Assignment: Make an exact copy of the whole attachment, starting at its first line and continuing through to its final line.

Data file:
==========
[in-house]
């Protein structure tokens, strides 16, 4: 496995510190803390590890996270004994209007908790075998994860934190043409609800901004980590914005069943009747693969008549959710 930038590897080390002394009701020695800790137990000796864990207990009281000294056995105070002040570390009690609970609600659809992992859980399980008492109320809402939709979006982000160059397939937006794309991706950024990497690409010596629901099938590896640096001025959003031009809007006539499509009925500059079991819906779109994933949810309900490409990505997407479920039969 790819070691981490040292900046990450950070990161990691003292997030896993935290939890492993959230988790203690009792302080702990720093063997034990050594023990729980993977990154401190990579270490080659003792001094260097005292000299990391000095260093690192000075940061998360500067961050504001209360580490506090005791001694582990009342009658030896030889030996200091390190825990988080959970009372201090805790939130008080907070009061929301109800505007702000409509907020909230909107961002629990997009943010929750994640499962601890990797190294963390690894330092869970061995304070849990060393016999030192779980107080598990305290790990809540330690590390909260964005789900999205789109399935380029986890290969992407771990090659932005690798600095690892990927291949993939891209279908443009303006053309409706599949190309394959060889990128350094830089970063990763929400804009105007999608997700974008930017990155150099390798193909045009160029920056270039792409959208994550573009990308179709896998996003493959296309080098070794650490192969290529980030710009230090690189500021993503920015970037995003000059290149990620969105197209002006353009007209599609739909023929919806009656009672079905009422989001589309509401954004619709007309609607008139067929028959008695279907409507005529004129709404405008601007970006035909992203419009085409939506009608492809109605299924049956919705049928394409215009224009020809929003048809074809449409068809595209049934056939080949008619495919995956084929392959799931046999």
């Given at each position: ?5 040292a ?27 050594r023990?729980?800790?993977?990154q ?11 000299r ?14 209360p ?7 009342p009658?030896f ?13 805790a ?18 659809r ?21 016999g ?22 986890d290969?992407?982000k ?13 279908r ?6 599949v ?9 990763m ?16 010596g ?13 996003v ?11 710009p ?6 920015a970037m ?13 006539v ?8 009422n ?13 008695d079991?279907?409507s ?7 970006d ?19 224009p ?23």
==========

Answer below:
[in-house]
């Protein structure tokens, strides 16, 4: 496995510190803390590890996270004994209007908790075998994860934190043409609800901004980590914005069943009747693969008549959710 930038590897080390002394009701020695800790137990000796864990207990009281000294056995105070002040570390009690609970609600659809992992859980399980008492109320809402939709979006982000160059397939937006794309991706950024990497690409010596629901099938590896640096001025959003031009809007006539499509009925500059079991819906779109994933949810309900490409990505997407479920039969 790819070691981490040292900046990450950070990161990691003292997030896993935290939890492993959230988790203690009792302080702990720093063997034990050594023990729980993977990154401190990579270490080659003792001094260097005292000299990391000095260093690192000075940061998360500067961050504001209360580490506090005791001694582990009342009658030896030889030996200091390190825990988080959970009372201090805790939130008080907070009061929301109800505007702000409509907020909230909107961002629990997009943010929750994640499962601890990797190294963390690894330092869970061995304070849990060393016999030192779980107080598990305290790990809540330690590390909260964005789900999205789109399935380029986890290969992407771990090659932005690798600095690892990927291949993939891209279908443009303006053309409706599949190309394959060889990128350094830089970063990763929400804009105007999608997700974008930017990155150099390798193909045009160029920056270039792409959208994550573009990308179709896998996003493959296309080098070794650490192969290529980030710009230090690189500021993503920015970037995003000059290149990620969105197209002006353009007209599609739909023929919806009656009672079905009422989001589309509401954004619709007309609607008139067929028959008695279907409507005529004129709404405008601007970006035909992203419009085409939506009608492809109605299924049956919705049928394409215009224009020809929003048809074809449409068809595209049934056939080949008619495919995956084929392959799931046999």
């Given at each position: ?5 040292a ?27 050594r023990?729980?800790?993977?990154q ?11 000299r ?14 209360p ?7 009342p009658?030896f ?13 805790a ?18 659809r ?21 016999g ?22 986890d290969?992407?982000k ?13 279908r ?6 599949v ?9 990763m ?16 010596g ?13 996003v ?11 710009p ?6 920015a970037m ?13 006539v ?8 009422n ?13 008695d079991?279907?409507s ?7 970006d ?19 224009p ?23």